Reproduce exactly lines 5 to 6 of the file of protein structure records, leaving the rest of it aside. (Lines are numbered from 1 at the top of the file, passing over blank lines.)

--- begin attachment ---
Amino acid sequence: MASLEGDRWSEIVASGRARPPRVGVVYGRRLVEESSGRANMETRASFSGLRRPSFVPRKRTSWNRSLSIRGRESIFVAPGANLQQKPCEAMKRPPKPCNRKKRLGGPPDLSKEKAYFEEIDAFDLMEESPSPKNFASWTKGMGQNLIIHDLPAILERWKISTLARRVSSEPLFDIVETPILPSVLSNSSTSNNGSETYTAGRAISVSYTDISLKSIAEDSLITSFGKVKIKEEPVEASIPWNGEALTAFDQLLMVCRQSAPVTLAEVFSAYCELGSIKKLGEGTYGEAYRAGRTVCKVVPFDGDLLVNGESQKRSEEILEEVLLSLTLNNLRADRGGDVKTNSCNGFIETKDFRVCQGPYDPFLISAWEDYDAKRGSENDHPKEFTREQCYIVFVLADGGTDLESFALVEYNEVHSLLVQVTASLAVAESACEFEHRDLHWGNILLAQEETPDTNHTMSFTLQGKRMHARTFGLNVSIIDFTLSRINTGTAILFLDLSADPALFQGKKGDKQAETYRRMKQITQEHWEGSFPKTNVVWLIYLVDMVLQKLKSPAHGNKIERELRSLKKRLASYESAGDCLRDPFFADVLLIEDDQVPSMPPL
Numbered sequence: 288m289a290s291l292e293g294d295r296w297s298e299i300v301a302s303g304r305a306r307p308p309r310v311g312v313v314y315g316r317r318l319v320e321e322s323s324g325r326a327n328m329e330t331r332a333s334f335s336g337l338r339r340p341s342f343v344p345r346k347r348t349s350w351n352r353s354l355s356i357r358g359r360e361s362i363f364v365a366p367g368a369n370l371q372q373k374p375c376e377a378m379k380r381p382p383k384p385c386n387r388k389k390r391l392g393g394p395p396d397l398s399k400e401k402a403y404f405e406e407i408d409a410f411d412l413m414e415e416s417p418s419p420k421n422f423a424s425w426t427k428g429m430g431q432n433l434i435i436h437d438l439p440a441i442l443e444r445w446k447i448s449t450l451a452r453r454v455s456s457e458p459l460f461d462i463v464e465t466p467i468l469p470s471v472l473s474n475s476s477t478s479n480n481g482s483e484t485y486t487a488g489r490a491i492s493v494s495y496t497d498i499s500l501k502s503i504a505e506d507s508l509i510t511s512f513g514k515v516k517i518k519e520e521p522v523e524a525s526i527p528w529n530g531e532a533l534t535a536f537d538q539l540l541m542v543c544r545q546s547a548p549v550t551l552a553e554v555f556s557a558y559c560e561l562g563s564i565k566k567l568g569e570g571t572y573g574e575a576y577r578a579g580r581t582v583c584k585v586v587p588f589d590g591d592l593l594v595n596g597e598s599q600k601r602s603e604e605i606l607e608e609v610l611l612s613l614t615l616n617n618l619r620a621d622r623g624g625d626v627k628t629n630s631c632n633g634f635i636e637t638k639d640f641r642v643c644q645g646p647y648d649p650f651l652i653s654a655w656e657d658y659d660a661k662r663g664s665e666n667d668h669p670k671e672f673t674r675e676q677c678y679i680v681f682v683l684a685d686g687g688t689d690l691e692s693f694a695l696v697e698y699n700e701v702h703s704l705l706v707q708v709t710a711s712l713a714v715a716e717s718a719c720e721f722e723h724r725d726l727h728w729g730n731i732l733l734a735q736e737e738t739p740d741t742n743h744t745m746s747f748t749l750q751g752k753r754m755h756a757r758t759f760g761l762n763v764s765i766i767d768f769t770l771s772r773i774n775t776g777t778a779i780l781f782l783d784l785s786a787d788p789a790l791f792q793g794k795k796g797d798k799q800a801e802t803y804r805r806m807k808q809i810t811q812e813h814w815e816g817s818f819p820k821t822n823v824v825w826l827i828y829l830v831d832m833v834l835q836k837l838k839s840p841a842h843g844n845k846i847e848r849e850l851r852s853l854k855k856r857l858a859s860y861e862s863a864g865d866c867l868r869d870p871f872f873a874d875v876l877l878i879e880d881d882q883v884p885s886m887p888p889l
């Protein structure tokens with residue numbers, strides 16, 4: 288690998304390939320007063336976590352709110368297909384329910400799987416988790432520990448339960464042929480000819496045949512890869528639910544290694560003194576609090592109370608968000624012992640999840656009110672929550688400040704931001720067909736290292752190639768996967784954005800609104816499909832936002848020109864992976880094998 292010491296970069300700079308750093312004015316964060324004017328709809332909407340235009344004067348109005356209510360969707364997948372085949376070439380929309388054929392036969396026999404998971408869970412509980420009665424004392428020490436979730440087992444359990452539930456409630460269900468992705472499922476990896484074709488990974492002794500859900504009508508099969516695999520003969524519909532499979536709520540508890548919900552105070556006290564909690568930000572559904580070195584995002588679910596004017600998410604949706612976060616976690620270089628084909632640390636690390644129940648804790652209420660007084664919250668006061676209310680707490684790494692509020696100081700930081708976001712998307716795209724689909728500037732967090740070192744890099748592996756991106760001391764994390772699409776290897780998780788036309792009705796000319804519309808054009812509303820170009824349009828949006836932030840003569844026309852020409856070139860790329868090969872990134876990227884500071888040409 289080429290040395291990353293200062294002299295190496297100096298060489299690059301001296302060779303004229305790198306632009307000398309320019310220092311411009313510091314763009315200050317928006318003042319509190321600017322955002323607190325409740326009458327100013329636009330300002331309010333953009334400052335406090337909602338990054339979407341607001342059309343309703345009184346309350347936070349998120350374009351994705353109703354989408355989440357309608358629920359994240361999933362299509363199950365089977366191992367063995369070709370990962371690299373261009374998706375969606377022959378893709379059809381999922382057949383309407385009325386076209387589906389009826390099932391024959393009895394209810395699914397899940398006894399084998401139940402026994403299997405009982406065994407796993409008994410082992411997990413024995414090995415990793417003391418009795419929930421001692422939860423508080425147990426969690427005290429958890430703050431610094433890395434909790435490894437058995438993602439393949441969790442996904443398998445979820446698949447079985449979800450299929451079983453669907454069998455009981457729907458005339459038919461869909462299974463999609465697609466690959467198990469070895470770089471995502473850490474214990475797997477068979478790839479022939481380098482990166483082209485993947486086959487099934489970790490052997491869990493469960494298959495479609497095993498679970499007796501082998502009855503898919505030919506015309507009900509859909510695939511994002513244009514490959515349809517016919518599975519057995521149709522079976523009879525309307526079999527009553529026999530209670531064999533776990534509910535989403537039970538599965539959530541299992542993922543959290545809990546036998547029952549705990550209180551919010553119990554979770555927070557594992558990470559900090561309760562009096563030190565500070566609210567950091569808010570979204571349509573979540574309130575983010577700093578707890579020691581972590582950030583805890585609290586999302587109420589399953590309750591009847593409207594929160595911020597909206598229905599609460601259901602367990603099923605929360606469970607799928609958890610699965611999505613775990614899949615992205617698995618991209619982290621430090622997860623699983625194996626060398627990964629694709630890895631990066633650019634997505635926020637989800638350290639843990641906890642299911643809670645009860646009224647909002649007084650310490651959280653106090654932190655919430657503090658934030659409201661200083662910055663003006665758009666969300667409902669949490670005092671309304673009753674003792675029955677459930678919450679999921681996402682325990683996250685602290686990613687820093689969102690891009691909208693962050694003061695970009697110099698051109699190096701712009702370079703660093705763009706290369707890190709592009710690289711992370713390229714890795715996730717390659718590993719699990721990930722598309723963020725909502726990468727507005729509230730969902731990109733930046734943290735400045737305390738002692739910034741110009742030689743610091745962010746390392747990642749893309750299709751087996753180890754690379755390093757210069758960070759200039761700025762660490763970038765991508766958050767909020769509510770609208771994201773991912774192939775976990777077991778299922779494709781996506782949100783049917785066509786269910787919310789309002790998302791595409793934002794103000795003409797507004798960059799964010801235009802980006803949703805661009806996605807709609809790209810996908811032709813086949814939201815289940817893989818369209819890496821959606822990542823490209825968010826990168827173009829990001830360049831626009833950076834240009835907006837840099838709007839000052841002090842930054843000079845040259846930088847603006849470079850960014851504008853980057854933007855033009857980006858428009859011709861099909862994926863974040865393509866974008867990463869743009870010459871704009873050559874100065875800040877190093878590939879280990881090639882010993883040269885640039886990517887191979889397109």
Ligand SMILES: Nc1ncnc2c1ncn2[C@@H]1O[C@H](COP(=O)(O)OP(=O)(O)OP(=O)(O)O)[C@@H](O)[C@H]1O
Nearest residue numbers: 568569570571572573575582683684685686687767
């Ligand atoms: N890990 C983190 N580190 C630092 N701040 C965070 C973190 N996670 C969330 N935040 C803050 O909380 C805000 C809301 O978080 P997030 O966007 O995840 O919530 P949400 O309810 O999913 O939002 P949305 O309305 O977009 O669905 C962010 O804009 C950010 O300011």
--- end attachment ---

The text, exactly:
Nearest residue numbers: 568569570571572573575582683684685686687767
């Ligand atoms: N890990 C983190 N580190 C630092 N701040 C965070 C973190 N996670 C969330 N935040 C803050 O909380 C805000 C809301 O978080 P997030 O966007 O995840 O919530 P949400 O309810 O999913 O939002 P949305 O309305 O977009 O669905 C962010 O804009 C950010 O300011």